Video Surveillance for Businesses: Part One

Posted by: Alexandra Justis

Published: February 19, 2016

Owning a business – big or small – is a huge commitment and investment. For the good of your business, it is vital to keep your investment safe and secure. Although most small businesses may not be able to afford a team of security guards around the clock, many can afford video surveillance systems to keep their business and their employees safe.

A study from the University of North Carolina concluded that 60 percent of convicted burglars said they consider the presence of cameras or other video equipment when selecting a target, while more than 40 percent said video surveillance cameras would be a factor in prompting them to choose another target. In addition to deterring criminals, many businesses are using them to improve business operations, monitor employees and get a better understanding of their customers.

Although the video surveillance industry started off as an analog system known as closed-circuit television, or CCTV, surveillance systems in 2016 have come a long way. Today, most systems are IP-based and use digital cameras to transmit footage over Ethernet cables to a digital video recorder (DVR) or network video recorder (NVR). Cameras are set up to monitor the inside and outside of your business, allowing users to view and record live video footage from any angle. Digital cameras provide crystal-clear views of everything that is recorded, unlike the footage offered 10-20 years ago.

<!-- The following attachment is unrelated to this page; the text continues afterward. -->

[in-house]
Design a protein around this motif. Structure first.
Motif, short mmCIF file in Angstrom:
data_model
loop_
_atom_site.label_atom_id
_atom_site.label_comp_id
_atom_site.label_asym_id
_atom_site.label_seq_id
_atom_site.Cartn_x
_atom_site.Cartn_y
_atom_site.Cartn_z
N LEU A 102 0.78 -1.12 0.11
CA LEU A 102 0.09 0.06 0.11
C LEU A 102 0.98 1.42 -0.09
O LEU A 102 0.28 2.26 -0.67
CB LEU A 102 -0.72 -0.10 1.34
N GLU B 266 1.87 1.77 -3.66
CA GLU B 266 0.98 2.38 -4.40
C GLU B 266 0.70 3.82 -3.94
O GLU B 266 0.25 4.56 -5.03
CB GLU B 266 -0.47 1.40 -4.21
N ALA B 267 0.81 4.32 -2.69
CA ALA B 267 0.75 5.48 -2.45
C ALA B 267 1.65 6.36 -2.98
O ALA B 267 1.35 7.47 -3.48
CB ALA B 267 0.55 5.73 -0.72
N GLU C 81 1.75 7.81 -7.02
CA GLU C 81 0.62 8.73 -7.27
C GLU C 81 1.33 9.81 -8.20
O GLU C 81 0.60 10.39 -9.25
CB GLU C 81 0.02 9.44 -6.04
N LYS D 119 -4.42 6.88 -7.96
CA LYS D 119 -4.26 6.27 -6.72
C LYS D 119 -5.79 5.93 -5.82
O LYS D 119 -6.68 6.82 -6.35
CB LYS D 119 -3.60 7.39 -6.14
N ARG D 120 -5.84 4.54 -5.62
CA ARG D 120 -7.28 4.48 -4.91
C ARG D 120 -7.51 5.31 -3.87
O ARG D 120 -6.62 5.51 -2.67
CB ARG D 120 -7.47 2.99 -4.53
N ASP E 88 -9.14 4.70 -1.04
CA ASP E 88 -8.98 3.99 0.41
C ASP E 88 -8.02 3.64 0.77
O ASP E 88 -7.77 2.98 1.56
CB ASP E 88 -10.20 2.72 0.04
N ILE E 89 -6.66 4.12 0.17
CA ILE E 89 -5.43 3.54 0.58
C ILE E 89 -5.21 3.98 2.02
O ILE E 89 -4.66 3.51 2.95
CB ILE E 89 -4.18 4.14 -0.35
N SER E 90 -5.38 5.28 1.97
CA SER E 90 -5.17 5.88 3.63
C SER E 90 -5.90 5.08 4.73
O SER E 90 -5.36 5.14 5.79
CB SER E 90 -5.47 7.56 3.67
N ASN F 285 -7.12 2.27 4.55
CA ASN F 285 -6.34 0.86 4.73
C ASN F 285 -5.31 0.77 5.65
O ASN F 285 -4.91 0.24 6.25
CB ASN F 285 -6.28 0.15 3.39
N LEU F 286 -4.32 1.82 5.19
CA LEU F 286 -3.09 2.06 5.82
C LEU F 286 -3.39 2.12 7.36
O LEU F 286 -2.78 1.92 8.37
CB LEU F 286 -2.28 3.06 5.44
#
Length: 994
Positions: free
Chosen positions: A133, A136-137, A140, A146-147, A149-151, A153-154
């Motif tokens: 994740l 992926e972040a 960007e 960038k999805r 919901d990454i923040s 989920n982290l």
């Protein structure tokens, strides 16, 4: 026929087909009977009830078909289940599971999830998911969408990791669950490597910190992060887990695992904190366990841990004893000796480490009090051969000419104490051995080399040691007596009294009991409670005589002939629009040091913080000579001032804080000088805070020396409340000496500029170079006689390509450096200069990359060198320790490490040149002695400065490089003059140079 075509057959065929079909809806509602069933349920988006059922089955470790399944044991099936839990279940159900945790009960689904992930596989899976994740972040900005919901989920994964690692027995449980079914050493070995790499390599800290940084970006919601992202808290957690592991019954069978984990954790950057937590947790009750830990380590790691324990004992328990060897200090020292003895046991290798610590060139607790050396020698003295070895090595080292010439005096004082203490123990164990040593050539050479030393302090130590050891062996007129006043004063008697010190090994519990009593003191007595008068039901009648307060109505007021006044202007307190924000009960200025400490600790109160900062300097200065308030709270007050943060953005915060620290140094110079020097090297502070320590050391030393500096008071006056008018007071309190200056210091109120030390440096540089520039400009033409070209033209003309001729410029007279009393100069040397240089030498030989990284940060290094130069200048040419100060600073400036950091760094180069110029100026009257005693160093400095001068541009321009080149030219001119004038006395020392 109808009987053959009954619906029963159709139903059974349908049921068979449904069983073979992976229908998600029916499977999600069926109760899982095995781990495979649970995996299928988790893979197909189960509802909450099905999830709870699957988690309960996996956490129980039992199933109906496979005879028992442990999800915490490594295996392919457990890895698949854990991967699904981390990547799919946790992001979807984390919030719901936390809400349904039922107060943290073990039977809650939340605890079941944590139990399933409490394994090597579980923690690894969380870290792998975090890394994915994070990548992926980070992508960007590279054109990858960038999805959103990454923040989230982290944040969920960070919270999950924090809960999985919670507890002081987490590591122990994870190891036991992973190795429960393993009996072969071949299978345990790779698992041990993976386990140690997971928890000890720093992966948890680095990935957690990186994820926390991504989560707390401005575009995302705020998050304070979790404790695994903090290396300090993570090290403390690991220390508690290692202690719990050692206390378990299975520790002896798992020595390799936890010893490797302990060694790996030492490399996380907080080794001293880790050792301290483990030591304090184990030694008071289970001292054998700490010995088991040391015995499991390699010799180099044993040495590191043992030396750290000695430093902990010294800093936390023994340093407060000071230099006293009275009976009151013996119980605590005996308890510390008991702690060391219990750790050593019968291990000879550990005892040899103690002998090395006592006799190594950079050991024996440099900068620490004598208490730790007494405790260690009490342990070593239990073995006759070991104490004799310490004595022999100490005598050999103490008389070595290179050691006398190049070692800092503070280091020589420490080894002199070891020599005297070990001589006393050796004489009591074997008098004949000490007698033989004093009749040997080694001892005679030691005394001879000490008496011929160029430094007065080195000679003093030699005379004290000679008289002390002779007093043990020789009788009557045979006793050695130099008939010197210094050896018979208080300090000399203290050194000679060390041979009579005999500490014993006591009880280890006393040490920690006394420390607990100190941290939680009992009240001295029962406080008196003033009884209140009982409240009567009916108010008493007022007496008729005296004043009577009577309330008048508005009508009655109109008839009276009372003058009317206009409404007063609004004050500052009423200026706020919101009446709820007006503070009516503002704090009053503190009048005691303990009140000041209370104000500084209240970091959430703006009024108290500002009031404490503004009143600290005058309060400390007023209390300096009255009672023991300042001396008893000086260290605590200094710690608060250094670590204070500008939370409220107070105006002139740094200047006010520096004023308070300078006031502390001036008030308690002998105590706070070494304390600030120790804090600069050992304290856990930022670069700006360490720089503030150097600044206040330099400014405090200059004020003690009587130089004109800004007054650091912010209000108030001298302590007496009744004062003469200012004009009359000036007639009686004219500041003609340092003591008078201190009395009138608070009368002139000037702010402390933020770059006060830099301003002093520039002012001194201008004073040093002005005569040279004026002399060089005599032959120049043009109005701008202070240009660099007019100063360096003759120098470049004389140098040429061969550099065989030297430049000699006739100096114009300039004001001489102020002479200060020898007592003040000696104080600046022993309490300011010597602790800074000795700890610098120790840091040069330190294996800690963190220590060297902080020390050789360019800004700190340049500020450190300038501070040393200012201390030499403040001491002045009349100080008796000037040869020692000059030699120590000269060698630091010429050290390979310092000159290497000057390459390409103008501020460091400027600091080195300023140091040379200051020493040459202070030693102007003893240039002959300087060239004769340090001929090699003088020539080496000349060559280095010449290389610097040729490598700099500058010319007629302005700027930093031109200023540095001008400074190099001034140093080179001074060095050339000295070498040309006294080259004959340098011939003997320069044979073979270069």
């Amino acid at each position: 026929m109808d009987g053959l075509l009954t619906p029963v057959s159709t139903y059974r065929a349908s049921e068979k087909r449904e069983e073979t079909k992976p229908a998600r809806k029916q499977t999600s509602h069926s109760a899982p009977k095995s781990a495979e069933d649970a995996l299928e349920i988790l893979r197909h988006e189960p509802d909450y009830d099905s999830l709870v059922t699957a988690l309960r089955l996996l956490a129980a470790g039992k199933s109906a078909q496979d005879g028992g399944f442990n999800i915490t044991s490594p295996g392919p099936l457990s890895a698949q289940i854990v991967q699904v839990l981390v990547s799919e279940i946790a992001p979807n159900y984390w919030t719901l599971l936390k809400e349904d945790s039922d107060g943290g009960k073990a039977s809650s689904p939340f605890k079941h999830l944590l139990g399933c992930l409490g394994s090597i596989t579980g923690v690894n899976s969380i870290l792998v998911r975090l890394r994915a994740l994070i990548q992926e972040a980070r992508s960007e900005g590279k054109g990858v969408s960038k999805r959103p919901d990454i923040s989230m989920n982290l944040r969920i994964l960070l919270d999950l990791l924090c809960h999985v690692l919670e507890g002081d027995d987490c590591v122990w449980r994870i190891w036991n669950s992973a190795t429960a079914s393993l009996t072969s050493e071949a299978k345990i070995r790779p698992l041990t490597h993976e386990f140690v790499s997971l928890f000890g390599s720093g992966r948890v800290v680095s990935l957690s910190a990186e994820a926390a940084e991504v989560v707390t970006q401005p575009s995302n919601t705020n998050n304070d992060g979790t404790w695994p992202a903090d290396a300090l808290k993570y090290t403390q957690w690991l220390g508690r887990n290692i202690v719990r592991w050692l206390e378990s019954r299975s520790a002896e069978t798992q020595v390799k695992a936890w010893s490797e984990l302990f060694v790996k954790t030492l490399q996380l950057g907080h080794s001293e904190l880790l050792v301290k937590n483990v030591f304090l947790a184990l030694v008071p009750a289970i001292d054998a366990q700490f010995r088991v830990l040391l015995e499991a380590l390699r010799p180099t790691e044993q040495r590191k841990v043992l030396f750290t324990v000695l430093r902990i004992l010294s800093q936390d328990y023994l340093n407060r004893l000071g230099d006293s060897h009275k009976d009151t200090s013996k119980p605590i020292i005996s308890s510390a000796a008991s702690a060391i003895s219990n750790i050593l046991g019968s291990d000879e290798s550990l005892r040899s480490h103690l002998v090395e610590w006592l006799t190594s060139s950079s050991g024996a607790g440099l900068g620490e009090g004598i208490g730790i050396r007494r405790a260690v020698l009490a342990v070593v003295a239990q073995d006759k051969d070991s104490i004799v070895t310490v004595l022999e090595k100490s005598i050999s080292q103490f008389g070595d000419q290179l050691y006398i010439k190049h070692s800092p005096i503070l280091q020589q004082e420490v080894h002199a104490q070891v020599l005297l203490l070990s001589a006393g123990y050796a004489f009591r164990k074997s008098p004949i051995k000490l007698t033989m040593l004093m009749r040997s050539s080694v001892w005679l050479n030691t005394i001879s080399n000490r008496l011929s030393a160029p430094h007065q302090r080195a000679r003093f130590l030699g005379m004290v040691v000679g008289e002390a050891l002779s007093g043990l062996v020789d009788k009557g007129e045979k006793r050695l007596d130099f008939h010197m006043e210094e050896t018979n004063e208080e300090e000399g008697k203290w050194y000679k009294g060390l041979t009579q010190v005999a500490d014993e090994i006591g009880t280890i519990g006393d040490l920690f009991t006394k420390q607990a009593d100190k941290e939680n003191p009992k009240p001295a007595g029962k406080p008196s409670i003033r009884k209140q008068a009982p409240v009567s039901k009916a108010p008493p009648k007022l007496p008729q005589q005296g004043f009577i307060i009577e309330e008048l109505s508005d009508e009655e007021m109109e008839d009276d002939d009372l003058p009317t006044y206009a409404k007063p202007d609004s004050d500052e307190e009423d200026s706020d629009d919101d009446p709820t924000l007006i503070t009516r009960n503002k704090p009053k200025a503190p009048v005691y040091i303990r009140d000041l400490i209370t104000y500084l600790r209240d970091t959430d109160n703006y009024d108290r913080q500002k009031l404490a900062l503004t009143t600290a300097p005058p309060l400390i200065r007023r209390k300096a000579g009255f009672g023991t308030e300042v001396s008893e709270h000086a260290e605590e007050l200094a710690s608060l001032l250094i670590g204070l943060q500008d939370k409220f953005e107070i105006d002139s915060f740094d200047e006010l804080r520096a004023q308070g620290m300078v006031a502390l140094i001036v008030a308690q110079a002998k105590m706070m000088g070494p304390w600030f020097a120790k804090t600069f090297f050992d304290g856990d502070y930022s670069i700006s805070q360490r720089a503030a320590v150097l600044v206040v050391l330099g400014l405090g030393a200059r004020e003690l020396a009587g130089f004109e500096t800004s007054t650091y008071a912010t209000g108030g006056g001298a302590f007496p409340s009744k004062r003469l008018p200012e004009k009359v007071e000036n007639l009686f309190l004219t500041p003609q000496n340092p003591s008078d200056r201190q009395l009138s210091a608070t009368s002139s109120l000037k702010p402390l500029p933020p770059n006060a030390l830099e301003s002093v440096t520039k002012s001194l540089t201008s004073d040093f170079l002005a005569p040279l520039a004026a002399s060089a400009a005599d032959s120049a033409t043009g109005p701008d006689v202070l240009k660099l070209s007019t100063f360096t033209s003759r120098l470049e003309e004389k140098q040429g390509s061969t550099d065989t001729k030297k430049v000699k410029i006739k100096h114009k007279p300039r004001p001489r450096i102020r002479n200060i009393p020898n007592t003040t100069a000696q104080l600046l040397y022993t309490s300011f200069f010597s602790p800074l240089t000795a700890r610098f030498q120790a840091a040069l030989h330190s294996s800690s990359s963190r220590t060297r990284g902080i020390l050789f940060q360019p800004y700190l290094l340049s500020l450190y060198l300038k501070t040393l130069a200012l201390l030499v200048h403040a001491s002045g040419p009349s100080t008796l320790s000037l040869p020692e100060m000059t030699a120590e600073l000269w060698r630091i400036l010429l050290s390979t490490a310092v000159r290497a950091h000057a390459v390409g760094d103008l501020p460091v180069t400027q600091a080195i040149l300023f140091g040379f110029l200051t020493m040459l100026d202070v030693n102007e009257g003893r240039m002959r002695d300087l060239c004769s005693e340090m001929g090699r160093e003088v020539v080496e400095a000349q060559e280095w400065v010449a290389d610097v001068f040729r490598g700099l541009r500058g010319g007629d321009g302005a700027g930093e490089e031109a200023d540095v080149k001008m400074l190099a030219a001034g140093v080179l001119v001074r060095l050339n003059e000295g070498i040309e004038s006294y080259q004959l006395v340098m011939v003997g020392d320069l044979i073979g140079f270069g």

What camera is right for your business? Consider commercial grade cameras rather than cameras made for personal use, so they can stand up to the wear and tear they will receive. Businesses should also factor in lighting. You may need a camera with low-light and infrared capabilities for a camera used outside at night. For indoor cameras, look for something that fits the aesthetics of your business.

Once you choose your cameras, decide where the video footage will be stored, such as an on-site DVR, NVR or in a cloud. The main factors to consider when choosing your recording device are how much storage you will need and if you want to store footage on-site. Whatever you decide, make sure your footage is safe from potential hackers. Security is key when it comes to accessing live video feeds within a video surveillance system. 

 

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Related Topics: Business, Video, Cameras

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